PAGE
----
By Loucoumane Coulibaly and Ange Aboa
ABIDJAN (Reuters) - Ivorians voted on Sunday in a parliamentary election which is expected to see the ruling coalition of President Alassane Ouattara strengthen its rule in the world's top cocoa producing nation.
More than 5 million voters are expected to cast their ballots in an election that marks the first time in a decade that the West African nation is able to elect a parliament.
The vote, boycotted by the party of former Ivory Coast president Laurent Gbagbo over allegations of unfair treatment of Gbagbo supporters, is seen as a crucial step toward recovery after a decade of conflict and political turmoil.
By midday, turnout was slow in places such as Yopougon, a pro-Gbagbo stronghold in the commercial capital Abidjan where officials said turnout at polling stations was at about 100 out of 400 registered voters.
Ouattara urged Ivorians to vote after casting his ballot at a polling station in Abidjan.
"I'll like to ask my compatriots to go and vote for their parliamentary candidates, this parliament has an essential role to play. We are going to continue the electoral process in March or April 2012 with municipal and regional election," he said.
Ouattara's ruling coalition, which includes his RDR party and the allied PDCI, appears set for a landslide win based on voting patterns during the first-round of last year's presidential polls.
"We are far from the influx seen during last year's presidential election. In our polling station, 100 people have already voted out of 400. By this time during presidential election, we had close to 300 already," said Siriki Traore head of a polling station in Yopougon
"Maybe people will come in the afternoon," he said.
Ouattara won presidential elections in November 2010 but was only able to take the reins of power in April after fighters backing him invaded the economic capital Abidjan and captured ex-leader Laurent Gbagbo, who had rejected the results.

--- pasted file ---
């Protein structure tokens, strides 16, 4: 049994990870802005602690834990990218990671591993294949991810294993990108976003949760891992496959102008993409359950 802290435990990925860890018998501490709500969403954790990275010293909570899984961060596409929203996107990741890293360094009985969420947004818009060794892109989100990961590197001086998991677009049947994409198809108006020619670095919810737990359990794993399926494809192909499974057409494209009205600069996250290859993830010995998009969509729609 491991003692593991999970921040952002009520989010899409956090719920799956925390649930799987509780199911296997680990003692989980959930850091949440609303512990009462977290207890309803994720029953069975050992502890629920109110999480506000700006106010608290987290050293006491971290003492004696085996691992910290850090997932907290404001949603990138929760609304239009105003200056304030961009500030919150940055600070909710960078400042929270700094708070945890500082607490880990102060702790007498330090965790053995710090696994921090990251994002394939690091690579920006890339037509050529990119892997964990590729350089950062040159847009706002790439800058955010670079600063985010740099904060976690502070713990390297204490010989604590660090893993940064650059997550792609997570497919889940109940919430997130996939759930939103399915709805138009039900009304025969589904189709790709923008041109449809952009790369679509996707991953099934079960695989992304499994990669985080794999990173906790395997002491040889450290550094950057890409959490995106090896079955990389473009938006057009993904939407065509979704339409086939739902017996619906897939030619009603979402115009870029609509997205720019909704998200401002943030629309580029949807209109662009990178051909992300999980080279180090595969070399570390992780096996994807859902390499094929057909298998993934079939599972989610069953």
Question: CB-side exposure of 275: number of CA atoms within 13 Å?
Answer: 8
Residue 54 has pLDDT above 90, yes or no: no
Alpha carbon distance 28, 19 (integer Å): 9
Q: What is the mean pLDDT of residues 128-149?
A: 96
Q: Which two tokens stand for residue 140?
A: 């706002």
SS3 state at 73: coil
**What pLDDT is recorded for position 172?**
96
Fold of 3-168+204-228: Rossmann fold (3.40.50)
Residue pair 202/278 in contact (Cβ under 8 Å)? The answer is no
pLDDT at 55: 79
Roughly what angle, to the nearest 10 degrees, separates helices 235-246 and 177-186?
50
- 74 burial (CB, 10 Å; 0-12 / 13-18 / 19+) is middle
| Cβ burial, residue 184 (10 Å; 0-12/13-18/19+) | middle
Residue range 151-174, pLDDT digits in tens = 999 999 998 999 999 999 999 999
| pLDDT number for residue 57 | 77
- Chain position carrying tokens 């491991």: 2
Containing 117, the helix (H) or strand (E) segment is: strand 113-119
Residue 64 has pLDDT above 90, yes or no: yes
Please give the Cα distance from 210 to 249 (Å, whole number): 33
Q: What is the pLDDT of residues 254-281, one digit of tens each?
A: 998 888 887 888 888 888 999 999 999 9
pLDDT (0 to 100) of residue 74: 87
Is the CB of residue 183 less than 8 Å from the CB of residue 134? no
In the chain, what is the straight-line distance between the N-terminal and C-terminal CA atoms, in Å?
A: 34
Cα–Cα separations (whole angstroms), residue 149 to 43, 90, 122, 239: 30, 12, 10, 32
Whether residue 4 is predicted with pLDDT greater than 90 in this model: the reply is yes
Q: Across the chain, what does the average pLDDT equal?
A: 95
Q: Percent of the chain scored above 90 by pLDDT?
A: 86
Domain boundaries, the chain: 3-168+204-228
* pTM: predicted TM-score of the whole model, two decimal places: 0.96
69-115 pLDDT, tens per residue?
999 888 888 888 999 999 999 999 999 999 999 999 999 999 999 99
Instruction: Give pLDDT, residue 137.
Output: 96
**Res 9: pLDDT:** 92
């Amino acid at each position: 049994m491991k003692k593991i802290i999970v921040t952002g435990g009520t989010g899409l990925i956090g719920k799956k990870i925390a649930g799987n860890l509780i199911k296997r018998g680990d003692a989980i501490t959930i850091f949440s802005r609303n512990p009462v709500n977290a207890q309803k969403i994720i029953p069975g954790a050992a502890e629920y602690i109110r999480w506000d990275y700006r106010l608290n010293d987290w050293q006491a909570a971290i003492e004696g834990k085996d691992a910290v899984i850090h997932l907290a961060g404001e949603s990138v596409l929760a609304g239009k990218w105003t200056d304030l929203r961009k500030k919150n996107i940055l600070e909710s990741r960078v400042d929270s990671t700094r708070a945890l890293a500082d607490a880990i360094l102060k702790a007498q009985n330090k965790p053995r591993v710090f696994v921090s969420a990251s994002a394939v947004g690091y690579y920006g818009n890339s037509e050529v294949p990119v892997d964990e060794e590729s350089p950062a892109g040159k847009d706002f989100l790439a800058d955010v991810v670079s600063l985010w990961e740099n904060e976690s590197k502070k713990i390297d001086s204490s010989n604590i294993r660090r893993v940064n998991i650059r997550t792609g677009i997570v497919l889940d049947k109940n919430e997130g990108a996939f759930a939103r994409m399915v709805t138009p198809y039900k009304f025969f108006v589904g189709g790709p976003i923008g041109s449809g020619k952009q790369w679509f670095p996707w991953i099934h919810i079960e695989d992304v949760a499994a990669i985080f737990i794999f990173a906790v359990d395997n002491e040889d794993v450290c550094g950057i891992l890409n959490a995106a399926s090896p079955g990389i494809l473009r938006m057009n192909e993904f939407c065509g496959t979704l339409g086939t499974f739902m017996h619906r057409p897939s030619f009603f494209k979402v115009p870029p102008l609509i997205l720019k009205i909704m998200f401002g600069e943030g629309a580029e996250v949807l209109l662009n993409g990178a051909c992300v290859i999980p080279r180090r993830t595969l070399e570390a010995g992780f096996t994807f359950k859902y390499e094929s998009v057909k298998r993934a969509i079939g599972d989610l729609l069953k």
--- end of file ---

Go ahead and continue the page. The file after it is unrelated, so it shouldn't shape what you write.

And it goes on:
Gbagbo has appeared at the International Criminal Court at The Hague to face charges of crimes against humanity, including murder and rape.
Pockets of lingering tension and violence in parts of the country, particularly in the west, have reinforced worries of trouble during the polls, which will be secured by local and United Nations forces.
Ivory Coast defense minister said the government had taken measures to ensure security during the vote with police, gendarmes and army deployed across the country.
"We have deployed about 25,000 troops on the ground to deal with any eventuality. We have closed the border in the west of the country to avoid any incidents and strengthen our security apparatus as well," Paul Koffi Koffi told journalists, adding that no incidents had been reported so far.
In Gagnoa, Gbagbo's birthplace in the west, the tension remains palpable over his transfer to The Hague.
"There are SMS messages circulating in the area asking people not to vote," said Joel Zadi who lives on the outskirts of Gagnoa. "People did not like Gbagbo's transfer."
Nearly 1,000 candidates are vying for the National Assembly's 255 seats, according to the electoral commission.
The results of the poll are expected during the week.
(Additional reporting by Ange Aboa; Writing by Bate Felix; Editing by Matthew Jones)